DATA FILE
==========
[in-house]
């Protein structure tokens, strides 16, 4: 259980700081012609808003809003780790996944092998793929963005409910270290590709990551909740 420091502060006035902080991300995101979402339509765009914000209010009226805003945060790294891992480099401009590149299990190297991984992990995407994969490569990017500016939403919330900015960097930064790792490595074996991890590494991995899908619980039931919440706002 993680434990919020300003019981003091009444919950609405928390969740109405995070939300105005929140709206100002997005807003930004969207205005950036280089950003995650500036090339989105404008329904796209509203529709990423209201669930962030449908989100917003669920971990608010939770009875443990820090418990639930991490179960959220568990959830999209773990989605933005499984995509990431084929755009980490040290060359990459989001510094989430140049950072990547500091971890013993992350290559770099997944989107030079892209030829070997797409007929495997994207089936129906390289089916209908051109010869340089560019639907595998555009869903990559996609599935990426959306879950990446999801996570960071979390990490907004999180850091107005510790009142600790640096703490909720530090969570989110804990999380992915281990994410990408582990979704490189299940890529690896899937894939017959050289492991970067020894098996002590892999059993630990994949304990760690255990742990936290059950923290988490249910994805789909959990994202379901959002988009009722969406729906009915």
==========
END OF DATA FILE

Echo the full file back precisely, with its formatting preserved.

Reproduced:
[in-house]
């Protein structure tokens, strides 16, 4: 259980700081012609808003809003780790996944092998793929963005409910270290590709990551909740 420091502060006035902080991300995101979402339509765009914000209010009226805003945060790294891992480099401009590149299990190297991984992990995407994969490569990017500016939403919330900015960097930064790792490595074996991890590494991995899908619980039931919440706002 993680434990919020300003019981003091009444919950609405928390969740109405995070939300105005929140709206100002997005807003930004969207205005950036280089950003995650500036090339989105404008329904796209509203529709990423209201669930962030449908989100917003669920971990608010939770009875443990820090418990639930991490179960959220568990959830999209773990989605933005499984995509990431084929755009980490040290060359990459989001510094989430140049950072990547500091971890013993992350290559770099997944989107030079892209030829070997797409007929495997994207089936129906390289089916209908051109010869340089560019639907595998555009869903990559996609599935990426959306879950990446999801996570960071979390990490907004999180850091107005510790009142600790640096703490909720530090969570989110804990999380992915281990994410990408582990979704490189299940890529690896899937894939017959050289492991970067020894098996002590892999059993630990994949304990760690255990742990936290059950923290988490249910994805789909959990994202379901959002988009009722969406729906009915």